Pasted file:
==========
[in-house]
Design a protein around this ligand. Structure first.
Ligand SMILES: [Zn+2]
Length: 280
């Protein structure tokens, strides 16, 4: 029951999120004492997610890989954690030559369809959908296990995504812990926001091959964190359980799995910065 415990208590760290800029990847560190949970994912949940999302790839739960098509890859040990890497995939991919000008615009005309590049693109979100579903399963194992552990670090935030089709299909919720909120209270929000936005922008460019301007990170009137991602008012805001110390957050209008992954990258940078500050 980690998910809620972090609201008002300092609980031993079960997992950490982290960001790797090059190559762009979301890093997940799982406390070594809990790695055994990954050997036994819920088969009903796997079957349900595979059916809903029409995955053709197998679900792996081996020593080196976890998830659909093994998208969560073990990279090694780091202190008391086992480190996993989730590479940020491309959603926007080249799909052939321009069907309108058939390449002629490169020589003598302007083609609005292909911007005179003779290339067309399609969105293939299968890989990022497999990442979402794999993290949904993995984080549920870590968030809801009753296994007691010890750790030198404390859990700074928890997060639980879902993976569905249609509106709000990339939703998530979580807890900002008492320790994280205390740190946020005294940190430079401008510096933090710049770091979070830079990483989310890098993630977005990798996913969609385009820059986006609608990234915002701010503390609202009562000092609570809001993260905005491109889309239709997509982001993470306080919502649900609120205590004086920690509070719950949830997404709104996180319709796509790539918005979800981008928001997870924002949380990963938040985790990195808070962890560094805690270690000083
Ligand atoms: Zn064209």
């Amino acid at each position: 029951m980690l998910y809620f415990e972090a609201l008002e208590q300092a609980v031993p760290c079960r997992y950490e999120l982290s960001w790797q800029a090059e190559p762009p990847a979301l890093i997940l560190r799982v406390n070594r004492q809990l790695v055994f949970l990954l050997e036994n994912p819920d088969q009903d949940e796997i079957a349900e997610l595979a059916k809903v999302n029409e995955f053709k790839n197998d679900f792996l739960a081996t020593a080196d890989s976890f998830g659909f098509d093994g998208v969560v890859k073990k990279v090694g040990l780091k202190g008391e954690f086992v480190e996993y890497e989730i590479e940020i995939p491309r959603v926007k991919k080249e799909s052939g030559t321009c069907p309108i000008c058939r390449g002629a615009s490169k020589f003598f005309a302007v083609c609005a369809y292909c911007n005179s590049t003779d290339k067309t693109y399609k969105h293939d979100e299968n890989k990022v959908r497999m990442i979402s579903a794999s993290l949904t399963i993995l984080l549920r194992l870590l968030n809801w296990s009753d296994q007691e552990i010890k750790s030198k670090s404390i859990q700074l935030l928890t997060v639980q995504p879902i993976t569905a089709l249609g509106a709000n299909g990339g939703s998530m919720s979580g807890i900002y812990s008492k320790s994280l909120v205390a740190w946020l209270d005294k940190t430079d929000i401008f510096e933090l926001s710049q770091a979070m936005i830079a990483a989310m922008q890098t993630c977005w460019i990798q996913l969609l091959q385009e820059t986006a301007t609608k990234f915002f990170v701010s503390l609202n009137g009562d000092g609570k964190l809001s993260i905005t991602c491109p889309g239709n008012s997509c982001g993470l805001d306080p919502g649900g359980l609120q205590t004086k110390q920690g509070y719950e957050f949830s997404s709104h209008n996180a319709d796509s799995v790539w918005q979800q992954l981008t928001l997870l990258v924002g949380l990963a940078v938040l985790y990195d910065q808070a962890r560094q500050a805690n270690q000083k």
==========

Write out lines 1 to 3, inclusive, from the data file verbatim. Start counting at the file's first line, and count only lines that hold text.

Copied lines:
[in-house]
Design a protein around this ligand. Structure first.
Ligand SMILES: [Zn+2]